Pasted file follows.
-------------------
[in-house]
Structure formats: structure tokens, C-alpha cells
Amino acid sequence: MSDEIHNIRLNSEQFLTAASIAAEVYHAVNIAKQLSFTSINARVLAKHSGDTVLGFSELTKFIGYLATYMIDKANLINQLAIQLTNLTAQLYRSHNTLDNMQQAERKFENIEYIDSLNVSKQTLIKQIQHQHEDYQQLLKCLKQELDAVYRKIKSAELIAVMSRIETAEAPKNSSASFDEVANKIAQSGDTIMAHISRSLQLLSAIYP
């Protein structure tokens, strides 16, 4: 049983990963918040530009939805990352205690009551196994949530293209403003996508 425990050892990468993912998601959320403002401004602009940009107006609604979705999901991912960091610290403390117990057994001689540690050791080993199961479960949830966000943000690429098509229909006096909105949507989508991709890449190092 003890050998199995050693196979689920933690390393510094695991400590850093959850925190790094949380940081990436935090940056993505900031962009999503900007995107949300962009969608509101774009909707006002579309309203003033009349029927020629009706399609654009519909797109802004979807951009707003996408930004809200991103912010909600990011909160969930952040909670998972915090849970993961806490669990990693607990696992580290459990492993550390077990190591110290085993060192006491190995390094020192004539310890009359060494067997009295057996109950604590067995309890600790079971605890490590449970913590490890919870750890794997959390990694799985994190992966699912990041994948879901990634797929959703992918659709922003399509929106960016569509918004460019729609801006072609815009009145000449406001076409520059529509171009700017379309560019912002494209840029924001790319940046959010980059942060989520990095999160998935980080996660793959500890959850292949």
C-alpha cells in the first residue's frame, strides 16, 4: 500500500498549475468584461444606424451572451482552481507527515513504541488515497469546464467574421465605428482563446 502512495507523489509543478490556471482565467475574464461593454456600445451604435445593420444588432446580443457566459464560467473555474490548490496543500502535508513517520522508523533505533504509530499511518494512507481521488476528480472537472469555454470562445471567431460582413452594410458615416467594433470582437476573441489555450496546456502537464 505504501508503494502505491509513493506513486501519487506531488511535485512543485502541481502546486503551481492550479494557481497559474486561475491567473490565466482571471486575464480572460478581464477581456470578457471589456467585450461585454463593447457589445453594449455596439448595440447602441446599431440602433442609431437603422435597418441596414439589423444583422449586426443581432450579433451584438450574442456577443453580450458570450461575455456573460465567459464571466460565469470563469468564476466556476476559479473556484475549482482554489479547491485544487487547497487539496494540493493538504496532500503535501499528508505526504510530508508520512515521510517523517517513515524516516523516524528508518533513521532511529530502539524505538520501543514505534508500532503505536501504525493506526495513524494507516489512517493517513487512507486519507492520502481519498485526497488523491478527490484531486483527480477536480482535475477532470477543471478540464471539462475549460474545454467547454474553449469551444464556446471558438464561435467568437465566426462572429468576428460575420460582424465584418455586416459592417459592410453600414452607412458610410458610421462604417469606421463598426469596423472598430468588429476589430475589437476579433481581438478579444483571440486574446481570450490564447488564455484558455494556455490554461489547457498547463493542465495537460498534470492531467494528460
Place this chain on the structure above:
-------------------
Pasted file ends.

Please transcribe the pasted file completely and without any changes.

[in-house]
Structure formats: structure tokens, C-alpha cells
Amino acid sequence: MSDEIHNIRLNSEQFLTAASIAAEVYHAVNIAKQLSFTSINARVLAKHSGDTVLGFSELTKFIGYLATYMIDKANLINQLAIQLTNLTAQLYRSHNTLDNMQQAERKFENIEYIDSLNVSKQTLIKQIQHQHEDYQQLLKCLKQELDAVYRKIKSAELIAVMSRIETAEAPKNSSASFDEVANKIAQSGDTIMAHISRSLQLLSAIYP
């Protein structure tokens, strides 16, 4: 049983990963918040530009939805990352205690009551196994949530293209403003996508 425990050892990468993912998601959320403002401004602009940009107006609604979705999901991912960091610290403390117990057994001689540690050791080993199961479960949830966000943000690429098509229909006096909105949507989508991709890449190092 003890050998199995050693196979689920933690390393510094695991400590850093959850925190790094949380940081990436935090940056993505900031962009999503900007995107949300962009969608509101774009909707006002579309309203003033009349029927020629009706399609654009519909797109802004979807951009707003996408930004809200991103912010909600990011909160969930952040909670998972915090849970993961806490669990990693607990696992580290459990492993550390077990190591110290085993060192006491190995390094020192004539310890009359060494067997009295057996109950604590067995309890600790079971605890490590449970913590490890919870750890794997959390990694799985994190992966699912990041994948879901990634797929959703992918659709922003399509929106960016569509918004460019729609801006072609815009009145000449406001076409520059529509171009700017379309560019912002494209840029924001790319940046959010980059942060989520990095999160998935980080996660793959500890959850292949």
C-alpha cells in the first residue's frame, strides 16, 4: 500500500498549475468584461444606424451572451482552481507527515513504541488515497469546464467574421465605428482563446 502512495507523489509543478490556471482565467475574464461593454456600445451604435445593420444588432446580443457566459464560467473555474490548490496543500502535508513517520522508523533505533504509530499511518494512507481521488476528480472537472469555454470562445471567431460582413452594410458615416467594433470582437476573441489555450496546456502537464 505504501508503494502505491509513493506513486501519487506531488511535485512543485502541481502546486503551481492550479494557481497559474486561475491567473490565466482571471486575464480572460478581464477581456470578457471589456467585450461585454463593447457589445453594449455596439448595440447602441446599431440602433442609431437603422435597418441596414439589423444583422449586426443581432450579433451584438450574442456577443453580450458570450461575455456573460465567459464571466460565469470563469468564476466556476476559479473556484475549482482554489479547491485544487487547497487539496494540493493538504496532500503535501499528508505526504510530508508520512515521510517523517517513515524516516523516524528508518533513521532511529530502539524505538520501543514505534508500532503505536501504525493506526495513524494507516489512517493517513487512507486519507492520502481519498485526497488523491478527490484531486483527480477536480482535475477532470477543471478540464471539462475549460474545454467547454474553449469551444464556446471558438464561435467568437465566426462572429468576428460575420460582424465584418455586416459592417459592410453600414452607412458610410458610421462604417469606421463598426469596423472598430468588429476589430475589437476579433481581438478579444483571440486574446481570450490564447488564455484558455494556455490554461489547457498547463493542465495537460498534470492531467494528460
Place this chain on the structure above: